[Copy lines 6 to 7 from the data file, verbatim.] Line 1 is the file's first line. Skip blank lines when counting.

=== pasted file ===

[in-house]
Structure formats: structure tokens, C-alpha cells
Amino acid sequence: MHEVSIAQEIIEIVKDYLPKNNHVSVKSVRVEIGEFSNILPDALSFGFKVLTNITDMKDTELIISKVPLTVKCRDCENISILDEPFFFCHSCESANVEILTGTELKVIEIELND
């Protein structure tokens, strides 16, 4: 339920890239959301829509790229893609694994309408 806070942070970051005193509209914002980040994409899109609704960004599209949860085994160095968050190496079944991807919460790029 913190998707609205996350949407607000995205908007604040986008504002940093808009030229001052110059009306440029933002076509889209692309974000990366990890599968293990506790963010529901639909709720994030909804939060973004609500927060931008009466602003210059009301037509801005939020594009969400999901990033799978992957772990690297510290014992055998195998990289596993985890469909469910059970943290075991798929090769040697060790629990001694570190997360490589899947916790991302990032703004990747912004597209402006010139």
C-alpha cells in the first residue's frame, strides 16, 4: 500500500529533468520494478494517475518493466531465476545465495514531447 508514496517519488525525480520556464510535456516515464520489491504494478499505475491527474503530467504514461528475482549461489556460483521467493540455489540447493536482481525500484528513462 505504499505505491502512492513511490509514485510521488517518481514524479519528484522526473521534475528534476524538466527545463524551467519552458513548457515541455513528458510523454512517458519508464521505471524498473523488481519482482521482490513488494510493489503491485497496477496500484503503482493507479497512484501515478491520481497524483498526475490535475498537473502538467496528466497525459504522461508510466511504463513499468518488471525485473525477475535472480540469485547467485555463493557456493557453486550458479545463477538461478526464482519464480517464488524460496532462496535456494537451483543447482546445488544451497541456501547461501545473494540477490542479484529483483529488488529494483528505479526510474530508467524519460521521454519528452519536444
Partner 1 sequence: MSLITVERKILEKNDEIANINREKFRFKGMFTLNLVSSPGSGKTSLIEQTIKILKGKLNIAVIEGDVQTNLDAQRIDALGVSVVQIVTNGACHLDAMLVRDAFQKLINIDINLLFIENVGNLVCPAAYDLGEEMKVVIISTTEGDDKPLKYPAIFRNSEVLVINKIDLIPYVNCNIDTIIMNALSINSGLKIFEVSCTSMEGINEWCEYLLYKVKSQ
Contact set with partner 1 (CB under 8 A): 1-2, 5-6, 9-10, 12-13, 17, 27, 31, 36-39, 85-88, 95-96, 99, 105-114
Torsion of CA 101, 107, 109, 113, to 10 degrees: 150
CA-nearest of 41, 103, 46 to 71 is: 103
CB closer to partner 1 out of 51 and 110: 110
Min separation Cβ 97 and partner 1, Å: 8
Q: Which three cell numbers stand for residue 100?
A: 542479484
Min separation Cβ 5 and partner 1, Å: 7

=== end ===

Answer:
Partner 1 sequence: MSLITVERKILEKNDEIANINREKFRFKGMFTLNLVSSPGSGKTSLIEQTIKILKGKLNIAVIEGDVQTNLDAQRIDALGVSVVQIVTNGACHLDAMLVRDAFQKLINIDINLLFIENVGNLVCPAAYDLGEEMKVVIISTTEGDDKPLKYPAIFRNSEVLVINKIDLIPYVNCNIDTIIMNALSINSGLKIFEVSCTSMEGINEWCEYLLYKVKSQ
Contact set with partner 1 (CB under 8 A): 1-2, 5-6, 9-10, 12-13, 17, 27, 31, 36-39, 85-88, 95-96, 99, 105-114